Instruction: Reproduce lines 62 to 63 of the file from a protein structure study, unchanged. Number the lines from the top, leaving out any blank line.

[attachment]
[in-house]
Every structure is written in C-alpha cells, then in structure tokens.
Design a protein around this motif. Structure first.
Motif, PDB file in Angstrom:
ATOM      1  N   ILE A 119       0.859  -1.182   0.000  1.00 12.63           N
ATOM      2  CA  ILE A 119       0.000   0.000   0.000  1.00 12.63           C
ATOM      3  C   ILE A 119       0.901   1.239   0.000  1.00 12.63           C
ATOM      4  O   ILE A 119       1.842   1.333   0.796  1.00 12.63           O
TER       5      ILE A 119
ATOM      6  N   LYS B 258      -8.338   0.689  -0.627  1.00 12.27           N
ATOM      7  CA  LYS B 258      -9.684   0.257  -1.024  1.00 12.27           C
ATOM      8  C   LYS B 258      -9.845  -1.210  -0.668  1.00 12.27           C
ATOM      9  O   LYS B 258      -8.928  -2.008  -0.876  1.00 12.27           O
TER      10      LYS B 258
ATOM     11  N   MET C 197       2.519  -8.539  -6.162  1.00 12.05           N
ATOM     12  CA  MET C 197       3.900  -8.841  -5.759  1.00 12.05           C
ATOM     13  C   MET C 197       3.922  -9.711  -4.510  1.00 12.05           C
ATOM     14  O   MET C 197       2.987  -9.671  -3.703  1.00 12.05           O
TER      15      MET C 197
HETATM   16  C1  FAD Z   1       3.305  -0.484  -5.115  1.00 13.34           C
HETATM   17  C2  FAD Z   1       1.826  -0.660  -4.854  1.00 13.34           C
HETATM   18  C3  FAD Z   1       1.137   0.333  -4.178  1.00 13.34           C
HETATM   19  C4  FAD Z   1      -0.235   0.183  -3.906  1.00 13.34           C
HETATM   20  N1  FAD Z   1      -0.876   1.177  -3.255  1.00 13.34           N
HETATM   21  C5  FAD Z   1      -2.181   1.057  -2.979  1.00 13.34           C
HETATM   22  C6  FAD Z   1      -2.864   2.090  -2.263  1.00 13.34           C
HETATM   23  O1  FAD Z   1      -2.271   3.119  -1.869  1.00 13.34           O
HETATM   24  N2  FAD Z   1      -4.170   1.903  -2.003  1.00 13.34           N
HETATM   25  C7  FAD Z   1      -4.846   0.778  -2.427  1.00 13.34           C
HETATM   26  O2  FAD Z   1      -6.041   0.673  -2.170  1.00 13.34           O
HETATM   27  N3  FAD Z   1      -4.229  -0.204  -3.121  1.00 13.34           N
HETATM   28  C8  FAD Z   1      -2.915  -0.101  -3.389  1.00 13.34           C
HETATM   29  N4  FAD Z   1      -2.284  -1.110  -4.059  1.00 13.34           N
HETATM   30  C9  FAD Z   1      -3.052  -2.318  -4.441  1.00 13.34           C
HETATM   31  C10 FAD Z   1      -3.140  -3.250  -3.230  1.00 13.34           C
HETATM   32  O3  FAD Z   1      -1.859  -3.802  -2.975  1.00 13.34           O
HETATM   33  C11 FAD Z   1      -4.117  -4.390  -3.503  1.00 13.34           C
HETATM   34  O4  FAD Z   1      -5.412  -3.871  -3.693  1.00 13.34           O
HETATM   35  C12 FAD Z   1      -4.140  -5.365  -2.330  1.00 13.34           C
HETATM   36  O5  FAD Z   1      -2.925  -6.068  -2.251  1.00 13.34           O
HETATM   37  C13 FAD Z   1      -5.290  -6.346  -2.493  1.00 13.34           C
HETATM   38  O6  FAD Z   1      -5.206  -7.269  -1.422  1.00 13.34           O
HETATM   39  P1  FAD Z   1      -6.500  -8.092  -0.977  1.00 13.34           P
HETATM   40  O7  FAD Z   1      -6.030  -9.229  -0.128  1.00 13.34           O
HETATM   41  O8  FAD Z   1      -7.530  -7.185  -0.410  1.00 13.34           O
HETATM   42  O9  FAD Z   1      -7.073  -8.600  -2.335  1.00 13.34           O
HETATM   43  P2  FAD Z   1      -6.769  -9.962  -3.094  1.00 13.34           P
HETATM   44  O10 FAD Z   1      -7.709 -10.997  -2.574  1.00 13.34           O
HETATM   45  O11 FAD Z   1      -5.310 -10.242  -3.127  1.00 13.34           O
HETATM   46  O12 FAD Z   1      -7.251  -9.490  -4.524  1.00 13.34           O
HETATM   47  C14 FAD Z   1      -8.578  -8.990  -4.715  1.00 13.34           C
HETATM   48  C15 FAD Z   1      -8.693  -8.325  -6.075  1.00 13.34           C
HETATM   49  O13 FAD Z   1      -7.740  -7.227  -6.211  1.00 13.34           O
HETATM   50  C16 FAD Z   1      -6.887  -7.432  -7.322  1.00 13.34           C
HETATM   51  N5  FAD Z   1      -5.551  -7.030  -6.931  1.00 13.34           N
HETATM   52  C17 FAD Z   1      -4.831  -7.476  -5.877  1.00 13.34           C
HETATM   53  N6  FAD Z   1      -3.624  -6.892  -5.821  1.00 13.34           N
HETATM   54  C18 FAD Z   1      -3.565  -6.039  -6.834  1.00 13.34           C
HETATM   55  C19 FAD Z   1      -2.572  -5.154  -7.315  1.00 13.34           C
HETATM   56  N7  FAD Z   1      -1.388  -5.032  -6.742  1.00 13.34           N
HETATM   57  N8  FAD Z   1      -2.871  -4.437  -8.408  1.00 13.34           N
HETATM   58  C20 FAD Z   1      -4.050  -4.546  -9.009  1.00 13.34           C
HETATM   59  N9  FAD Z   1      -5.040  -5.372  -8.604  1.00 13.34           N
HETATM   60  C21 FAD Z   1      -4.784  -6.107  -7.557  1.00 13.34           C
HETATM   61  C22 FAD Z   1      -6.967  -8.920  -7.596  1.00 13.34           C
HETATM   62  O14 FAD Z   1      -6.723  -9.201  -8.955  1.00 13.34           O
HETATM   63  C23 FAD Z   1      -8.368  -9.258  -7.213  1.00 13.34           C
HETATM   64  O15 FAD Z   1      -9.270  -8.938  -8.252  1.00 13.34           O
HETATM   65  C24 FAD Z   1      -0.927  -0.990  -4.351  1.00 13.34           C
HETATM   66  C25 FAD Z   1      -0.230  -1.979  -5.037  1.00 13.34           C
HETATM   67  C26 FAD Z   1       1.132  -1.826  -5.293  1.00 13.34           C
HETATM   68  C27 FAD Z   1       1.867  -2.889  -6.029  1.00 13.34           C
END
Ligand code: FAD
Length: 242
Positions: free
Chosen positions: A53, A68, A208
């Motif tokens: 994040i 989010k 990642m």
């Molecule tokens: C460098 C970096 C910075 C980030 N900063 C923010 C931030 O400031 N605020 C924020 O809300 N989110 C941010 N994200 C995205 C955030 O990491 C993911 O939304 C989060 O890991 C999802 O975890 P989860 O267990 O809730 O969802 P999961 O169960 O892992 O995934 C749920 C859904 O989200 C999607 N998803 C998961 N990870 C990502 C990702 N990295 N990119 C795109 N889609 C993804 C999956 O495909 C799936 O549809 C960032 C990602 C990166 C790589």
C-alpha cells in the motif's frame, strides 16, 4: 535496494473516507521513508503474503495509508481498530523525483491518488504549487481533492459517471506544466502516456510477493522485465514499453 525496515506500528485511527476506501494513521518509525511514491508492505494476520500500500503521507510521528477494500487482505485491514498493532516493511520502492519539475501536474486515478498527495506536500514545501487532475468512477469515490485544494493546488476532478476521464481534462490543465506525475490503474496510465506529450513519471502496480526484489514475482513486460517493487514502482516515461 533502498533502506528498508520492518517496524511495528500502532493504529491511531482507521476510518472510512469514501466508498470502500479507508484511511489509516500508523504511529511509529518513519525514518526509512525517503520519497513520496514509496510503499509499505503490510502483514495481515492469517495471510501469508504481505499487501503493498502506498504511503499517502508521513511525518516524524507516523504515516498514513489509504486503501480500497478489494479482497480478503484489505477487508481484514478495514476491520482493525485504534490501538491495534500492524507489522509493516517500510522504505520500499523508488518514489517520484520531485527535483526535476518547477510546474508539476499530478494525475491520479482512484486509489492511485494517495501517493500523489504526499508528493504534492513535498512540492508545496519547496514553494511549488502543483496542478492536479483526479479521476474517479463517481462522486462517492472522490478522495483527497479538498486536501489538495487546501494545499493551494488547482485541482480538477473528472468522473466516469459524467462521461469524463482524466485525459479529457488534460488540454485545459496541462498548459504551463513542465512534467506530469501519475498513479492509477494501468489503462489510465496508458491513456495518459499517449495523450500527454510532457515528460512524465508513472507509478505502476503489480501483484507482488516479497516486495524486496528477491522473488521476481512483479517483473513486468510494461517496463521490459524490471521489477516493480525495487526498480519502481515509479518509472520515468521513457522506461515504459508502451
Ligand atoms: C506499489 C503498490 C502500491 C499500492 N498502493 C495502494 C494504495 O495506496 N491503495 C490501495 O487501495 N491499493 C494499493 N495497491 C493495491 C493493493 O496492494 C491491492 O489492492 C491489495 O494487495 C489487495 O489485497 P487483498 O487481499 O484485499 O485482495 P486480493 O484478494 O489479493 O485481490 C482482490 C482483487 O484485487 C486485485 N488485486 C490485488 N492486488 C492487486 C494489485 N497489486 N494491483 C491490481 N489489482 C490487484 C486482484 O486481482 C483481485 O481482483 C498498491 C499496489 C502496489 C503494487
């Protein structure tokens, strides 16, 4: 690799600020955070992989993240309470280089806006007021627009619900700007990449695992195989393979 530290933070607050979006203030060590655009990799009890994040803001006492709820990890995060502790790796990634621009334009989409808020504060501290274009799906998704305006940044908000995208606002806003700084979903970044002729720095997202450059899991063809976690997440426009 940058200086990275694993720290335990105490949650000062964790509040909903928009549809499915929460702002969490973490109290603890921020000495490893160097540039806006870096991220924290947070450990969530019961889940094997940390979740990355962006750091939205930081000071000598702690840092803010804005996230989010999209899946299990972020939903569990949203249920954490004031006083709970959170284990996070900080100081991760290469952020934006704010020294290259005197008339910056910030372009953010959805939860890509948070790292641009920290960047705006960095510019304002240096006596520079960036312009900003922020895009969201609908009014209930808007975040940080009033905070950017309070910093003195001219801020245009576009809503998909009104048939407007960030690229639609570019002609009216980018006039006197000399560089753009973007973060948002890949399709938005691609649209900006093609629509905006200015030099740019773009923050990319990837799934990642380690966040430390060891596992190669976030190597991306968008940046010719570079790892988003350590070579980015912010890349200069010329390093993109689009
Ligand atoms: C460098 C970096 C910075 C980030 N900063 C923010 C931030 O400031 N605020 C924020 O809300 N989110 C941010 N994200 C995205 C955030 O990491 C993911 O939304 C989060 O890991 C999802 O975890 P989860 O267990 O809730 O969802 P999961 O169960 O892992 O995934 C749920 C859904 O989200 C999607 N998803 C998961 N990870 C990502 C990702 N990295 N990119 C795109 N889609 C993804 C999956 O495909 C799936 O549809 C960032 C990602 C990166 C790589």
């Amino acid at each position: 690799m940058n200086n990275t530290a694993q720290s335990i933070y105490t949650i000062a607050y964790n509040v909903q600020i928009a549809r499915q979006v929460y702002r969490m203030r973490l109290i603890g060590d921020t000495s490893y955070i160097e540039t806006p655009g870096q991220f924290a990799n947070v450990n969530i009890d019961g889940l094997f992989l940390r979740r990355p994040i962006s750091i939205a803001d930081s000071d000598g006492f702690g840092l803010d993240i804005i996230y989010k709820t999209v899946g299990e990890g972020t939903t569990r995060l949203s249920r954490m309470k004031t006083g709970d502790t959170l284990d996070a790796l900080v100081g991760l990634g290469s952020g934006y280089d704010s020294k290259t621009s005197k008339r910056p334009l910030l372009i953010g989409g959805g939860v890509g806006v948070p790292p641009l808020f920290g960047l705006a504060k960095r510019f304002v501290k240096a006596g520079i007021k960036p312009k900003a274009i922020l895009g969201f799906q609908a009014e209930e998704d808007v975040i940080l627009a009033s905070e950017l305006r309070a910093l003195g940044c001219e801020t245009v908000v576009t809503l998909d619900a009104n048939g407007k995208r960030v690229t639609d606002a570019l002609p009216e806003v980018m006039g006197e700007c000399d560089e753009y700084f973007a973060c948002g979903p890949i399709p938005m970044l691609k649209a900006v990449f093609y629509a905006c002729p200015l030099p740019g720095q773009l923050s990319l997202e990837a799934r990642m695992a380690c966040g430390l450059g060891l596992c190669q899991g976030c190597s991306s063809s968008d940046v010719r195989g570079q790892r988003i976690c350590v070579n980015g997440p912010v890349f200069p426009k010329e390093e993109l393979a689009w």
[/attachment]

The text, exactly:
HETATM   58  C20 FAD Z   1      -4.050  -4.546  -9.009  1.00 13.34           C
HETATM   59  N9  FAD Z   1      -5.040  -5.372  -8.604  1.00 13.34           N